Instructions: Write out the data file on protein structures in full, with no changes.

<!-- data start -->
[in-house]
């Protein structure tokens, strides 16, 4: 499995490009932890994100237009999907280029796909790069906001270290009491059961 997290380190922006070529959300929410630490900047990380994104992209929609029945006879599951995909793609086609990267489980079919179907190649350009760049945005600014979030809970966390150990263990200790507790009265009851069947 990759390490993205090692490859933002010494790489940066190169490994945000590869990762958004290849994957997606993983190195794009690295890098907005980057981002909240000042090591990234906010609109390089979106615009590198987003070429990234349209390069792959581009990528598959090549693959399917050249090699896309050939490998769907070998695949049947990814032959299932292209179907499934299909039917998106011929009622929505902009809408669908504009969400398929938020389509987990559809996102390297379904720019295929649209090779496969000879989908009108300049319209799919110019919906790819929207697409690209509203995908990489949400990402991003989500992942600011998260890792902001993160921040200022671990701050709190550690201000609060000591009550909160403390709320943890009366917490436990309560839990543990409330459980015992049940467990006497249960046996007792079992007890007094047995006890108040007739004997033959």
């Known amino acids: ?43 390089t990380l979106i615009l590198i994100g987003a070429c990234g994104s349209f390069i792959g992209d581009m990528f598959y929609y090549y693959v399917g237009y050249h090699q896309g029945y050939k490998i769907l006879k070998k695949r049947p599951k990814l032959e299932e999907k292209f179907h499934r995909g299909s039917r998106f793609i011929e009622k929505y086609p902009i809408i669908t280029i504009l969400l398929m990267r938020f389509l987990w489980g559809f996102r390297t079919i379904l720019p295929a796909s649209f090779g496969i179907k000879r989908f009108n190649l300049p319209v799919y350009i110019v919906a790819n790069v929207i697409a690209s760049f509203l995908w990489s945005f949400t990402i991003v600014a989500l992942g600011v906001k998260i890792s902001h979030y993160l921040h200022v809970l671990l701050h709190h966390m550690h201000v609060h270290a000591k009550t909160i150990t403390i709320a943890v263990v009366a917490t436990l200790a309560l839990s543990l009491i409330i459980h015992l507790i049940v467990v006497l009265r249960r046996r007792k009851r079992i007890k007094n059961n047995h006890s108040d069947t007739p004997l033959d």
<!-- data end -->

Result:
[in-house]
């Protein structure tokens, strides 16, 4: 499995490009932890994100237009999907280029796909790069906001270290009491059961 997290380190922006070529959300929410630490900047990380994104992209929609029945006879599951995909793609086609990267489980079919179907190649350009760049945005600014979030809970966390150990263990200790507790009265009851069947 990759390490993205090692490859933002010494790489940066190169490994945000590869990762958004290849994957997606993983190195794009690295890098907005980057981002909240000042090591990234906010609109390089979106615009590198987003070429990234349209390069792959581009990528598959090549693959399917050249090699896309050939490998769907070998695949049947990814032959299932292209179907499934299909039917998106011929009622929505902009809408669908504009969400398929938020389509987990559809996102390297379904720019295929649209090779496969000879989908009108300049319209799919110019919906790819929207697409690209509203995908990489949400990402991003989500992942600011998260890792902001993160921040200022671990701050709190550690201000609060000591009550909160403390709320943890009366917490436990309560839990543990409330459980015992049940467990006497249960046996007792079992007890007094047995006890108040007739004997033959």
């Known amino acids: ?43 390089t990380l979106i615009l590198i994100g987003a070429c990234g994104s349209f390069i792959g992209d581009m990528f598959y929609y090549y693959v399917g237009y050249h090699q896309g029945y050939k490998i769907l006879k070998k695949r049947p599951k990814l032959e299932e999907k292209f179907h499934r995909g299909s039917r998106f793609i011929e009622k929505y086609p902009i809408i669908t280029i504009l969400l398929m990267r938020f389509l987990w489980g559809f996102r390297t079919i379904l720019p295929a796909s649209f090779g496969i179907k000879r989908f009108n190649l300049p319209v799919y350009i110019v919906a790819n790069v929207i697409a690209s760049f509203l995908w990489s945005f949400t990402i991003v600014a989500l992942g600011v906001k998260i890792s902001h979030y993160l921040h200022v809970l671990l701050h709190h966390m550690h201000v609060h270290a000591k009550t909160i150990t403390i709320a943890v263990v009366a917490t436990l200790a309560l839990s543990l009491i409330i459980h015992l507790i049940v467990v006497l009265r249960r046996r007792k009851r079992i007890k007094n059961n047995h006890s108040d069947t007739p004997l033959d």